The second-biggest healthcare spender this fall was the Oregon Hospital Political Action Committee, with $255,000. The spending for the committee, affiliated with the Oregon Association of Hospitals and Health Systems, came after a quiet summer in which it spent just $12,000, and a primary campaign in which it spent $112,000.

Like earlier campaigns, the hospitals PAC supported Republican lawmakers while also putting its money toward Democratic Gov. Kitzhaber, who enjoyed an overwhelming fundraising advantage over his Republican opponent, Rep. Dennis Richardson, R-Central Point.

Kitzhaber received $10,000 from the hospitals PAC this fall, the same amount given to House Minority Leader Mike McLane, R-Prineville. Senate Minority Leader Ted Ferrioli, R-John Day, topped them both, receiving $11,500.

Starr received $9,000 while Rep. Knute Buehler, who won election for the first time to the Bend district, took in $8,500. Kotek, the hospitals’ favorite Democratic lawmaker, also received $8,500.

Coalition for a Healthy Oregon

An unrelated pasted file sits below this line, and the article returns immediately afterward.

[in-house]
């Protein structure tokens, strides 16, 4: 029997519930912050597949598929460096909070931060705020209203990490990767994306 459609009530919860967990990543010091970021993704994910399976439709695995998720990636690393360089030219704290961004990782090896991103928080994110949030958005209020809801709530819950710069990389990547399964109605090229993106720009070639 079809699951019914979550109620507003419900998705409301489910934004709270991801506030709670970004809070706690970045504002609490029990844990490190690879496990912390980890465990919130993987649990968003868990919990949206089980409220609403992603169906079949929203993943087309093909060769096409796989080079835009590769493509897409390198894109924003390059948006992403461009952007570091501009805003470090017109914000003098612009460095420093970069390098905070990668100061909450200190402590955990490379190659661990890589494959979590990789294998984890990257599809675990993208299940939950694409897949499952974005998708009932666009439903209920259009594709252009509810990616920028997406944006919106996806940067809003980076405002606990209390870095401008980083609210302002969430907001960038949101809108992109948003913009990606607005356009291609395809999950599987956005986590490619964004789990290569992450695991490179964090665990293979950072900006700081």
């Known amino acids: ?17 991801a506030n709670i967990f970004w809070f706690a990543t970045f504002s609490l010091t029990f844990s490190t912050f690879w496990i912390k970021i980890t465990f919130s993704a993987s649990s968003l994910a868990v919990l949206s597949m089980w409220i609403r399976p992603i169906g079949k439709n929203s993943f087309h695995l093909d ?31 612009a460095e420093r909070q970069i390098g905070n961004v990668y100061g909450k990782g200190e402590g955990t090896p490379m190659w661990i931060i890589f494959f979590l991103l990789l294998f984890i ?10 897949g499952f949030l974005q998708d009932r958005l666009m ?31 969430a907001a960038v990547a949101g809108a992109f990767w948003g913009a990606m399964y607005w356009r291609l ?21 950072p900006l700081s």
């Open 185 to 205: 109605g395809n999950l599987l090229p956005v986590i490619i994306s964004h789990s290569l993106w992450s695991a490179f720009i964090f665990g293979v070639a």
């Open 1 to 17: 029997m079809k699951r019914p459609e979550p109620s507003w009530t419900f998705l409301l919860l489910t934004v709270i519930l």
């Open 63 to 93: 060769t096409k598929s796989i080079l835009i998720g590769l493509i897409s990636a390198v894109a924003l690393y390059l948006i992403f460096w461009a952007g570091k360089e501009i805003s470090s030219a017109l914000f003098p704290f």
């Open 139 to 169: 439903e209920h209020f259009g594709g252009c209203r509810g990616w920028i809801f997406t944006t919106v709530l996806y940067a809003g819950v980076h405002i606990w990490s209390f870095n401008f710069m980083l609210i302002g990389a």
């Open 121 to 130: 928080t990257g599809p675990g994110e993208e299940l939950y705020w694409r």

The Coalition for a Healthy Oregon, like the hospitals, also waited for the fall to file campaign contributions -- recording $226,0000 in donations after not reporting any in the summer. The coalition’s total spend for the general election was 50 percent more than the $149,000 spent on the primary, bringing its total campaign spending this cycle to $375,000.

The coalition is comprised of doctors organizations across western Oregon that have been heavily involved in the operation of several of the coordinated care organizations, including FamilyCare in Portland. Its biggest donation, $35,000, was reserved for Kitzhaber -- a former emergency room physician in Roseburg.

Like the other healthcare organizations, COHO supported Sen. Starr as its top lawmaker, with $30,000 given toward his failed re-election campaign against Sen. Chuck Riley. (Riley received $1,000 from the group in an apparent attempt to save face -- after the election.)

The Legislature’s osteopathic physician, Sen. Alan Bates, D-Medford, received $25,000 from COHO in his own close re-election race. Kotek received $12,500, while Sen. Richard Devlin, D-Tualatin -- who presides over the state’s budget -- received $9,000.

Doctors for Healthy Communities -- a separate political action committee that’s affiliated with COHO but primarily rooted in a group of Salem physicians -- spent $159,000 on top of COHO’s $226,000.